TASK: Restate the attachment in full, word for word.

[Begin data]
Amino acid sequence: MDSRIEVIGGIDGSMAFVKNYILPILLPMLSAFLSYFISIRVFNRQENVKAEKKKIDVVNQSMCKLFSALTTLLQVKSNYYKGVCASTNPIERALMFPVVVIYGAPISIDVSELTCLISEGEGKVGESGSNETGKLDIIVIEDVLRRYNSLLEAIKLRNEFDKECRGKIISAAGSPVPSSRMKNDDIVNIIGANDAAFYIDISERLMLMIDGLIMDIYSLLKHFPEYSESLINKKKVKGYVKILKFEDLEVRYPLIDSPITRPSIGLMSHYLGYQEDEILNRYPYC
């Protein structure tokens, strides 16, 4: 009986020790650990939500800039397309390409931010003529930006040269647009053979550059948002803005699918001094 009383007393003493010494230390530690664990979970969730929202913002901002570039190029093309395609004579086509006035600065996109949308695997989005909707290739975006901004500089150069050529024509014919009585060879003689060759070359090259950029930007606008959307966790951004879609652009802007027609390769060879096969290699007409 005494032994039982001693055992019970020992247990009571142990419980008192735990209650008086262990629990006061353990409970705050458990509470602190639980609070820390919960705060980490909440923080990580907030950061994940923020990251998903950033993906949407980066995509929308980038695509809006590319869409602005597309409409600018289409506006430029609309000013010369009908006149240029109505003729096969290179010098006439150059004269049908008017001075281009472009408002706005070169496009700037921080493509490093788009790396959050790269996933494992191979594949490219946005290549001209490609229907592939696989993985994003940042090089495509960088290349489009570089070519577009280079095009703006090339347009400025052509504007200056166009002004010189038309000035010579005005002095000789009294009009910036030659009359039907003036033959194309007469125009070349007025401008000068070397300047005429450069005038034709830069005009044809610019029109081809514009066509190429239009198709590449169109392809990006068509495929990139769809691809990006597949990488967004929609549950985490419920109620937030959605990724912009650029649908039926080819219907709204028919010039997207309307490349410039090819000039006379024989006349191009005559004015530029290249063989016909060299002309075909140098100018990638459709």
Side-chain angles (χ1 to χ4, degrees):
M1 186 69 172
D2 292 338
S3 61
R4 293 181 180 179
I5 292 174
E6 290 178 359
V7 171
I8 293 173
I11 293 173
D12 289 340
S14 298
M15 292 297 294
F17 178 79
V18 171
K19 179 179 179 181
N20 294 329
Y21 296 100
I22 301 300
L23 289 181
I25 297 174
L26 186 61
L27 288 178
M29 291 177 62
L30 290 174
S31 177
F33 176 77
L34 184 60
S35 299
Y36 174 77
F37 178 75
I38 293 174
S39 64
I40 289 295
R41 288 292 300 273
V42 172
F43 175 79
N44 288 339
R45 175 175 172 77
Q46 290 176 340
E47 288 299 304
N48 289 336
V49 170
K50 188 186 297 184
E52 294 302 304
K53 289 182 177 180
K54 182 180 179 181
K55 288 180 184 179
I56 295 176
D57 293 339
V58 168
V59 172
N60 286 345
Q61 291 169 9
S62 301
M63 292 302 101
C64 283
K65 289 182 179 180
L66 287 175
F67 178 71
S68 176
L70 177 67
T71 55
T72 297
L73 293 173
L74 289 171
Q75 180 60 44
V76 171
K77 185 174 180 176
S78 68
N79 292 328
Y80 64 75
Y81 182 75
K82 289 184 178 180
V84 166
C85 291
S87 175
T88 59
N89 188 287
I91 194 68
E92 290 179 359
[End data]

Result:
Amino acid sequence: MDSRIEVIGGIDGSMAFVKNYILPILLPMLSAFLSYFISIRVFNRQENVKAEKKKIDVVNQSMCKLFSALTTLLQVKSNYYKGVCASTNPIERALMFPVVVIYGAPISIDVSELTCLISEGEGKVGESGSNETGKLDIIVIEDVLRRYNSLLEAIKLRNEFDKECRGKIISAAGSPVPSSRMKNDDIVNIIGANDAAFYIDISERLMLMIDGLIMDIYSLLKHFPEYSESLINKKKVKGYVKILKFEDLEVRYPLIDSPITRPSIGLMSHYLGYQEDEILNRYPYC
């Protein structure tokens, strides 16, 4: 009986020790650990939500800039397309390409931010003529930006040269647009053979550059948002803005699918001094 009383007393003493010494230390530690664990979970969730929202913002901002570039190029093309395609004579086509006035600065996109949308695997989005909707290739975006901004500089150069050529024509014919009585060879003689060759070359090259950029930007606008959307966790951004879609652009802007027609390769060879096969290699007409 005494032994039982001693055992019970020992247990009571142990419980008192735990209650008086262990629990006061353990409970705050458990509470602190639980609070820390919960705060980490909440923080990580907030950061994940923020990251998903950033993906949407980066995509929308980038695509809006590319869409602005597309409409600018289409506006430029609309000013010369009908006149240029109505003729096969290179010098006439150059004269049908008017001075281009472009408002706005070169496009700037921080493509490093788009790396959050790269996933494992191979594949490219946005290549001209490609229907592939696989993985994003940042090089495509960088290349489009570089070519577009280079095009703006090339347009400025052509504007200056166009002004010189038309000035010579005005002095000789009294009009910036030659009359039907003036033959194309007469125009070349007025401008000068070397300047005429450069005038034709830069005009044809610019029109081809514009066509190429239009198709590449169109392809990006068509495929990139769809691809990006597949990488967004929609549950985490419920109620937030959605990724912009650029649908039926080819219907709204028919010039997207309307490349410039090819000039006379024989006349191009005559004015530029290249063989016909060299002309075909140098100018990638459709």
Side-chain angles (χ1 to χ4, degrees):
M1 186 69 172
D2 292 338
S3 61
R4 293 181 180 179
I5 292 174
E6 290 178 359
V7 171
I8 293 173
I11 293 173
D12 289 340
S14 298
M15 292 297 294
F17 178 79
V18 171
K19 179 179 179 181
N20 294 329
Y21 296 100
I22 301 300
L23 289 181
I25 297 174
L26 186 61
L27 288 178
M29 291 177 62
L30 290 174
S31 177
F33 176 77
L34 184 60
S35 299
Y36 174 77
F37 178 75
I38 293 174
S39 64
I40 289 295
R41 288 292 300 273
V42 172
F43 175 79
N44 288 339
R45 175 175 172 77
Q46 290 176 340
E47 288 299 304
N48 289 336
V49 170
K50 188 186 297 184
E52 294 302 304
K53 289 182 177 180
K54 182 180 179 181
K55 288 180 184 179
I56 295 176
D57 293 339
V58 168
V59 172
N60 286 345
Q61 291 169 9
S62 301
M63 292 302 101
C64 283
K65 289 182 179 180
L66 287 175
F67 178 71
S68 176
L70 177 67
T71 55
T72 297
L73 293 173
L74 289 171
Q75 180 60 44
V76 171
K77 185 174 180 176
S78 68
N79 292 328
Y80 64 75
Y81 182 75
K82 289 184 178 180
V84 166
C85 291
S87 175
T88 59
N89 188 287
I91 194 68
E92 290 179 359